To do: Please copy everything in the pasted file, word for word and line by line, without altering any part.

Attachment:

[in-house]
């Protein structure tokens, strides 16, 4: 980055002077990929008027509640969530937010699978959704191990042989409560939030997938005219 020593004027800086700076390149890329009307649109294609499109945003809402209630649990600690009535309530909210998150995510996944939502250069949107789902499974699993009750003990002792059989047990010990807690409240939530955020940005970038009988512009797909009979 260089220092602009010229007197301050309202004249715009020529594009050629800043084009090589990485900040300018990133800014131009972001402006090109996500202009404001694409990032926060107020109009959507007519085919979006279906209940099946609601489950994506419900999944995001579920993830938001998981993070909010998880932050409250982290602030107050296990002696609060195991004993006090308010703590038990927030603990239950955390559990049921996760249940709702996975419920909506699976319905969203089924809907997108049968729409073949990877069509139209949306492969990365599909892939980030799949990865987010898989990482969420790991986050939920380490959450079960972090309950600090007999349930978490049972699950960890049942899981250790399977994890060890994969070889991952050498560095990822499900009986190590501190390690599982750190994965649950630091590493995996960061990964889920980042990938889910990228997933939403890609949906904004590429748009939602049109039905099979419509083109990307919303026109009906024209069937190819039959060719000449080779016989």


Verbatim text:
[in-house]
């Protein structure tokens, strides 16, 4: 980055002077990929008027509640969530937010699978959704191990042989409560939030997938005219 020593004027800086700076390149890329009307649109294609499109945003809402209630649990600690009535309530909210998150995510996944939502250069949107789902499974699993009750003990002792059989047990010990807690409240939530955020940005970038009988512009797909009979 260089220092602009010229007197301050309202004249715009020529594009050629800043084009090589990485900040300018990133800014131009972001402006090109996500202009404001694409990032926060107020109009959507007519085919979006279906209940099946609601489950994506419900999944995001579920993830938001998981993070909010998880932050409250982290602030107050296990002696609060195991004993006090308010703590038990927030603990239950955390559990049921996760249940709702996975419920909506699976319905969203089924809907997108049968729409073949990877069509139209949306492969990365599909892939980030799949990865987010898989990482969420790991986050939920380490959450079960972090309950600090007999349930978490049972699950960890049942899981250790399977994890060890994969070889991952050498560095990822499900009986190590501190390690599982750190994965649950630091590493995996960061990964889920980042990938889910990228997933939403890609949906904004590429748009939602049109039905099979419509083109990307919303026109009906024209069937190819039959060719000449080779016989």